Tuesday, September 9, 2014

The Centaur - How Collaborative Edtech Is Building A Brawny Hybrid Beast

Source: Smarter Than You Think
Gnawing at the edtech underbelly is the unshakable worry that today's digital stampede may not be helping the herd. It is unquestionable that apps and devices are changing education. But the question remains: Are they genuinely building better students, sharper thinkers, and smarter learners? Or is the edtech "revolution" an example of change-for-change's-sake, when newfangled glitz replaces traditional tools that worked just fine?

Clive Thompson makes the compelling case in his book, Smarter Thank You Think (Penguin Press, 2013), that technology is indeed transformational for the good of humankind. Thompson posits that the evolving hybrid of mind and machine is generating a new species. This potent beast is greater than the sum of its parts, strong and nimble in combining the best of the human brain and the efficiency of computational thinking. Thompson calls this new cognitive animal "the centaur."

Source: Padlet
The metaphor of the centaur is perhaps more approachable for classroom teachers than the tiered SAMR model or the complicated Periodic Table Of The Internet. The daily marriage of student ingenuity and digital possibility can spawn a creation that would have been impossible before the advent of 1:1 technology.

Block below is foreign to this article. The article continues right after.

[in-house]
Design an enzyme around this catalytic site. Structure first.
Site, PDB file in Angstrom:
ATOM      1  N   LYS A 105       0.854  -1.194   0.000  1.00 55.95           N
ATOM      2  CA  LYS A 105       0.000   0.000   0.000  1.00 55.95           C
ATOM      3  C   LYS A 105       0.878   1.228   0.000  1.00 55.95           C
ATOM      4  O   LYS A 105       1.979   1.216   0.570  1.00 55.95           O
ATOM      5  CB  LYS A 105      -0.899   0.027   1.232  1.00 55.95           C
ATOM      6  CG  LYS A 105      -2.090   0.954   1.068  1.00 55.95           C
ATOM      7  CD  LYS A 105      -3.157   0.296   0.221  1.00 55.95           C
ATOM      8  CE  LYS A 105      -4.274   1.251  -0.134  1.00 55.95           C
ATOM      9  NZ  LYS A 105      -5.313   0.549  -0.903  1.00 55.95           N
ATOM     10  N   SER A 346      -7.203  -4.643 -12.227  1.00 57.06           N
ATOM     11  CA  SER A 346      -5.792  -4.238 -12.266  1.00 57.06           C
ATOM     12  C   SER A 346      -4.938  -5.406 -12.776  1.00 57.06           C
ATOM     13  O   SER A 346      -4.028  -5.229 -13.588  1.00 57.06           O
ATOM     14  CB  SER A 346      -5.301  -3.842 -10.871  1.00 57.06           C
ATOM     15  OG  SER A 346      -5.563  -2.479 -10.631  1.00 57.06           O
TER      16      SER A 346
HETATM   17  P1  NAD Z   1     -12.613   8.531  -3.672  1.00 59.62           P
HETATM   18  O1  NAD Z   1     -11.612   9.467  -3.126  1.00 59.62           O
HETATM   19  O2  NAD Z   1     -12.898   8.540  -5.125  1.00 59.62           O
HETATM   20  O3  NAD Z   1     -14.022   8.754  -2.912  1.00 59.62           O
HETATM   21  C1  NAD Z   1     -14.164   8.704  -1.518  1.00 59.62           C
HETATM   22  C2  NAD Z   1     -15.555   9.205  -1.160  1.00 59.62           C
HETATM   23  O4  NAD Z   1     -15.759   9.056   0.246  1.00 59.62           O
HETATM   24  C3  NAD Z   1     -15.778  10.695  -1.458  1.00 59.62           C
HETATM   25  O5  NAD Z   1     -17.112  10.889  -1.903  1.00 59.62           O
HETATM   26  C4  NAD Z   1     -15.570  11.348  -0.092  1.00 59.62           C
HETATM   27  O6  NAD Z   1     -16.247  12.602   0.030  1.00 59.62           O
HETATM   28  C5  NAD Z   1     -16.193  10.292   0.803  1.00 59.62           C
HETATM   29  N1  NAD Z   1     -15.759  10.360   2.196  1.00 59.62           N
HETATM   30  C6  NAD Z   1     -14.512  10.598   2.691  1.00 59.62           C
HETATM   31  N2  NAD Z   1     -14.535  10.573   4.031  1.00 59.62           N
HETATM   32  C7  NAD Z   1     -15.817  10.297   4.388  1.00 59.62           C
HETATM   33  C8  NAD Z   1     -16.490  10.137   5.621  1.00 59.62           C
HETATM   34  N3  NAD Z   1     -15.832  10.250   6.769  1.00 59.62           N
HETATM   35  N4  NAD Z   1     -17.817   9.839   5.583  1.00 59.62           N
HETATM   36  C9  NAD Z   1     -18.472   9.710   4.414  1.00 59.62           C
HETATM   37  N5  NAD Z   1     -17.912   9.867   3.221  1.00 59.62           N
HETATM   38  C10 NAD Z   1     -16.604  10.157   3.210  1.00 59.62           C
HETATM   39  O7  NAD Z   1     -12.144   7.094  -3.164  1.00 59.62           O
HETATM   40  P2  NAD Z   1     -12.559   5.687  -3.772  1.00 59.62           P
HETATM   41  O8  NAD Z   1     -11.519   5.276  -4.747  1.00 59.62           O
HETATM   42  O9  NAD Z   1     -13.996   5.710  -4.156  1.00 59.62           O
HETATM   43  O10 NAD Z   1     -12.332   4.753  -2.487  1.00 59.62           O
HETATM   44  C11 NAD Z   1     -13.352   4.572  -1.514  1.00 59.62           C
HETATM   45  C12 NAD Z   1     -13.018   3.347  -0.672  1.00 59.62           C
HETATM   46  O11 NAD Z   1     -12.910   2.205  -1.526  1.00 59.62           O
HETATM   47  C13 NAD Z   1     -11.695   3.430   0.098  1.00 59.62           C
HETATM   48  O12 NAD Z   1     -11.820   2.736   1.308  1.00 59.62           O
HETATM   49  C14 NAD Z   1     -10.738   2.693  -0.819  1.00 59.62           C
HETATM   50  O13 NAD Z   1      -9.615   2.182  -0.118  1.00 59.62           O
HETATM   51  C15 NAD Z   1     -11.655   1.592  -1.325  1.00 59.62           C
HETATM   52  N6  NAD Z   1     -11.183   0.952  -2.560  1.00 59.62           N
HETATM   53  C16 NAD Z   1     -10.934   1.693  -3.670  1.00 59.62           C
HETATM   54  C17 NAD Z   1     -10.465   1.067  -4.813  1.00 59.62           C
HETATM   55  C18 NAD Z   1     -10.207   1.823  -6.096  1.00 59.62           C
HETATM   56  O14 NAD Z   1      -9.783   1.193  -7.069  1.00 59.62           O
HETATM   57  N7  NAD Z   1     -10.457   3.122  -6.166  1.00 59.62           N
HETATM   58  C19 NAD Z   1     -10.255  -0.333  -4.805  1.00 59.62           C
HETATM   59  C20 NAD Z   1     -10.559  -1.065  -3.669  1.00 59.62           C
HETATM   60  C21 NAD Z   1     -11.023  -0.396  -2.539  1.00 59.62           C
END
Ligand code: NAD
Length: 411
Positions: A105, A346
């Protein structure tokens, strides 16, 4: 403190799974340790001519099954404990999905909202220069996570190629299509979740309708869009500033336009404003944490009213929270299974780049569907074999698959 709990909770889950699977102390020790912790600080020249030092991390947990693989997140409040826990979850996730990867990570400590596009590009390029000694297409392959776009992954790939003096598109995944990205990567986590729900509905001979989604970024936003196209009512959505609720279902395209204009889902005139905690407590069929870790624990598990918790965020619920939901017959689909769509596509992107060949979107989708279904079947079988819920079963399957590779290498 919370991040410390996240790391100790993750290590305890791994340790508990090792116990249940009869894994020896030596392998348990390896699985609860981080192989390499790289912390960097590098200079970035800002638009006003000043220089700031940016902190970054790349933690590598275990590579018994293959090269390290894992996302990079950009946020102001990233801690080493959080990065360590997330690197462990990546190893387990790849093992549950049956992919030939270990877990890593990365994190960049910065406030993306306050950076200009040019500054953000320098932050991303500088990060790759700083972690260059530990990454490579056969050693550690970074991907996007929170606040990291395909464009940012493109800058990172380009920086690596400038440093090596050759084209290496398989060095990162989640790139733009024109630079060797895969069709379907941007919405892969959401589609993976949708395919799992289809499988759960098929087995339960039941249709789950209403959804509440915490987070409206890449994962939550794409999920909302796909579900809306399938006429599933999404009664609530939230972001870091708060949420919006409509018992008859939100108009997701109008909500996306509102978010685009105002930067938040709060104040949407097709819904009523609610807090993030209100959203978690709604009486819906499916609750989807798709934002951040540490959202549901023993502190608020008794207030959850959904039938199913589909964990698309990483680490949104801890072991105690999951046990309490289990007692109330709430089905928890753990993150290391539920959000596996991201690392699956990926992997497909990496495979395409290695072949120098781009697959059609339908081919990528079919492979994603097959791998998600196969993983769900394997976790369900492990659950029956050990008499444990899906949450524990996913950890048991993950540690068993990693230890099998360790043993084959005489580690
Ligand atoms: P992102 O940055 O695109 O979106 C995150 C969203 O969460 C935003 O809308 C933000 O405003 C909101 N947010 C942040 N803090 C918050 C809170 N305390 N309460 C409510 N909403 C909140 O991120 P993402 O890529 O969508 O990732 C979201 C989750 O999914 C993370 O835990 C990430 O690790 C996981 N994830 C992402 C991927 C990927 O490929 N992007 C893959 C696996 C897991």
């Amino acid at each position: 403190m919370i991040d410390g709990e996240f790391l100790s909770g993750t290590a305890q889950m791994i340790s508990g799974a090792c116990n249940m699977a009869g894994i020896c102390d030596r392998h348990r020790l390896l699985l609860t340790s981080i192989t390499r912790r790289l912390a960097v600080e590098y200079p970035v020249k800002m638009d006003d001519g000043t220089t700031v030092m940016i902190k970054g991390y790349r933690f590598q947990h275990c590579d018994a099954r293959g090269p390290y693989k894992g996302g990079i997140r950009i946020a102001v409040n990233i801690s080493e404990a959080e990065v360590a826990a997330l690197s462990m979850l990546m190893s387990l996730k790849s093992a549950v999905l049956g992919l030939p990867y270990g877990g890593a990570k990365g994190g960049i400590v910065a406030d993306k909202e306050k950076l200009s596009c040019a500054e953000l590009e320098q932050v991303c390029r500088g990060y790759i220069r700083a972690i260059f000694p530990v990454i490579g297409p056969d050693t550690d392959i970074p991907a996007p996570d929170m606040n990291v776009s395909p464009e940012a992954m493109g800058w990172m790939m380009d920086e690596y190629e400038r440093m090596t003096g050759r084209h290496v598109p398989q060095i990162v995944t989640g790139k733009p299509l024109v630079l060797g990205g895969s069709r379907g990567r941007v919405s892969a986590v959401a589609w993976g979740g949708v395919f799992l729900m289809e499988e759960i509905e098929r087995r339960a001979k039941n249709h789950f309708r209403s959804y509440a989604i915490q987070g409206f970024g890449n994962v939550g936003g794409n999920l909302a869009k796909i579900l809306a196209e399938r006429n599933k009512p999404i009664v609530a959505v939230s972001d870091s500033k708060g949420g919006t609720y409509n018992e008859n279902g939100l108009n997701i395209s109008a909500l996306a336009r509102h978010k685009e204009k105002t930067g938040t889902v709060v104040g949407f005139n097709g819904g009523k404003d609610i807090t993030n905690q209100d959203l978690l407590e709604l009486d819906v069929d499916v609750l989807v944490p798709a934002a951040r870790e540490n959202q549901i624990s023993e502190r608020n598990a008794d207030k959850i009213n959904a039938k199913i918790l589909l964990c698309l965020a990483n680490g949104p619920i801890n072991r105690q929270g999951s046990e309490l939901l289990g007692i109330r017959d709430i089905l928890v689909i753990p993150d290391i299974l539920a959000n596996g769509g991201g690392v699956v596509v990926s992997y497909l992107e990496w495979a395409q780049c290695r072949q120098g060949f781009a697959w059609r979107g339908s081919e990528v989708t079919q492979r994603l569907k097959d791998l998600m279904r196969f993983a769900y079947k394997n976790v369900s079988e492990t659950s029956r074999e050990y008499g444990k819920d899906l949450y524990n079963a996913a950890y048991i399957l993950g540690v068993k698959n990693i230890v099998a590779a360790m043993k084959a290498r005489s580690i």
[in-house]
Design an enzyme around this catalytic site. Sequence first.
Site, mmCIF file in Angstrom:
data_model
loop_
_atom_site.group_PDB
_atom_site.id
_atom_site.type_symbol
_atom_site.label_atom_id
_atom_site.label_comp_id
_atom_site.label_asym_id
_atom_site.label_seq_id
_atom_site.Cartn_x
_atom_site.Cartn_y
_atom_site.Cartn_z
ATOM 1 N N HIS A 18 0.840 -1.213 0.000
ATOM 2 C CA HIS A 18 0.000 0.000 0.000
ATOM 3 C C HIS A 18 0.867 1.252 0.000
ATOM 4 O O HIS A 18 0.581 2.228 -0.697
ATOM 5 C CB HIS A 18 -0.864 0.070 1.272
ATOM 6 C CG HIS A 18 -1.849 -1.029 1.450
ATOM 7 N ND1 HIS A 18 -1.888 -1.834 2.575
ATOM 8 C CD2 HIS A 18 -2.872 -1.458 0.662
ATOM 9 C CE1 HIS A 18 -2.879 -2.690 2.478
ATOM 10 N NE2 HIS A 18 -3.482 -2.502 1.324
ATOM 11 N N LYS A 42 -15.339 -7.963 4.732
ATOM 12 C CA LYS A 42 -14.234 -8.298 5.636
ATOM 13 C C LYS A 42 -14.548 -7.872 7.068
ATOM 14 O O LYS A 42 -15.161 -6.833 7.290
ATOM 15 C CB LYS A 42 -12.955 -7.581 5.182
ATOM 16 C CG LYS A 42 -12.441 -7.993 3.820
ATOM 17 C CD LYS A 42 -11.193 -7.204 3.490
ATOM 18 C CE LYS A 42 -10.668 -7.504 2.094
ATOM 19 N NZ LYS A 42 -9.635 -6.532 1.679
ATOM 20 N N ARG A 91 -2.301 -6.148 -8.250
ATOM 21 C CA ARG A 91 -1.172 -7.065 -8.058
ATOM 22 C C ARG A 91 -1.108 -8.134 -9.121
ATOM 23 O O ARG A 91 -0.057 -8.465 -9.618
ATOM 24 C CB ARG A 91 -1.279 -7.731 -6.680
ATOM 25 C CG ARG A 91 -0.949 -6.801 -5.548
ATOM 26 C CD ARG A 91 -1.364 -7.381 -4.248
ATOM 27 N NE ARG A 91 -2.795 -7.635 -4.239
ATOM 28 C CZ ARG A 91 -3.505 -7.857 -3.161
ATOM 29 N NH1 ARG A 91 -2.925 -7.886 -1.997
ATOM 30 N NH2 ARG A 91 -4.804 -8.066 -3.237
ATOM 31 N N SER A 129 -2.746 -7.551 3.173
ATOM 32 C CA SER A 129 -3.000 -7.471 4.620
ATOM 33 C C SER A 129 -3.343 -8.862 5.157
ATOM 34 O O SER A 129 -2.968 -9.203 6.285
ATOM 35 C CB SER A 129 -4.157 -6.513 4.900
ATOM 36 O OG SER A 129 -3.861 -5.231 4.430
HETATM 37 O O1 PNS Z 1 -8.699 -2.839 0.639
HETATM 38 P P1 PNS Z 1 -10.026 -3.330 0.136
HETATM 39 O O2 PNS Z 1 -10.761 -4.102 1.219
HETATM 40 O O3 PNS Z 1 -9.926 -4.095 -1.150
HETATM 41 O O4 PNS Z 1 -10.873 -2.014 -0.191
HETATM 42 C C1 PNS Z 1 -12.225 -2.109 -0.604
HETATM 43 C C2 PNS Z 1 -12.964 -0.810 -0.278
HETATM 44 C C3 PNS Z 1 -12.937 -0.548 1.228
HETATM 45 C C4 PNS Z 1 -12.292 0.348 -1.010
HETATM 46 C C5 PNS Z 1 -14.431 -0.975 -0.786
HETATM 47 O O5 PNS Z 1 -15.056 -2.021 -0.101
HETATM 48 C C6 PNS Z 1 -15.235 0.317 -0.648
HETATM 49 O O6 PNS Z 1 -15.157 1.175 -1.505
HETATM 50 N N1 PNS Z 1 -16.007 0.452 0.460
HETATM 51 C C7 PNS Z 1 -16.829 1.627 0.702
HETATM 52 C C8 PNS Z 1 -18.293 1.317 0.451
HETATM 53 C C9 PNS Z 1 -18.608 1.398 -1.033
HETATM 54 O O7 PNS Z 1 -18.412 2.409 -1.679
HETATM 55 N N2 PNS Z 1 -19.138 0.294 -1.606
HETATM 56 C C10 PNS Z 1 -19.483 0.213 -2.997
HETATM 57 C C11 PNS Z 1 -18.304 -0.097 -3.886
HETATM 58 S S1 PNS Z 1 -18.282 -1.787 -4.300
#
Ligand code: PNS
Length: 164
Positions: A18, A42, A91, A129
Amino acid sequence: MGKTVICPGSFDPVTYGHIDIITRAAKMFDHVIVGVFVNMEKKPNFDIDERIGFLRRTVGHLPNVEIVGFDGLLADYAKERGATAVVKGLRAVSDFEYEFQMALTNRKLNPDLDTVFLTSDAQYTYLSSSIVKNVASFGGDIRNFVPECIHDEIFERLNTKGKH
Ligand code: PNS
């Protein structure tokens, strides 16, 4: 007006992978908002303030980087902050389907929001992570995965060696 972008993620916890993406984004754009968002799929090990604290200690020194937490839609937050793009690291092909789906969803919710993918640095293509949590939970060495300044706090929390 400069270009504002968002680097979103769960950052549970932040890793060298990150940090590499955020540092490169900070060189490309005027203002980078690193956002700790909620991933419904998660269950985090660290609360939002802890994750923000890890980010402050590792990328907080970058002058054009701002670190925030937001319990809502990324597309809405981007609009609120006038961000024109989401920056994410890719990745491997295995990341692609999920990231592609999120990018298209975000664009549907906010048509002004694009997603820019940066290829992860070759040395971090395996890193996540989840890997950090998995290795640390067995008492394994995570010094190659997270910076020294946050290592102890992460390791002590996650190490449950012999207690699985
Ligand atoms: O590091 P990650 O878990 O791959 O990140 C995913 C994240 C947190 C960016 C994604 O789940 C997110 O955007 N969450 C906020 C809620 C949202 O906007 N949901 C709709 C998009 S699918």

Source: Padlet

One of the clearest examples of higher-level, centaurian potential is Padlet. This Web 3.0 resource combines an interactive, collaborative doc with a customizable, embeddable canvas to offer students avenues for publishing and sharing that were unimaginable only a few years ago. Formerly known as Wallwisher, Padlet underwent a winning redesign to enhance its flexibility and usability.

Source: Padlet

Padlet allows learners anywhere to share ideas on a cooperative whiteboard. The design options offer a host of backgrounds and icons, and each url can be personalized to suit the class. Best of all, the "smart" space welcomes any web link and transforms it into a clickable image or video that can be accessed without ever leaving the Padlet world.

Source: Padlet

Padlet accepts all embed codes, so third-party media and flipped videos are easily extended to students. Furthermore, it permits learners to broadcast their projects, posted online for peers to appreciate and internalize.

Ultimately, Padlet is a daily tool. Kids can ask questions anonymously. They can post homework responses. They can share links to current events. They can document notes from the day's lecture. They can elevate their regular thought processes to a fusion of technology and partnership, in which the new mutant creature is more beneficial and compelling than the pre-digital brute.

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1 comment:

  1. Thank you for the tip about Padlet! Cool stuff.

    ReplyDelete

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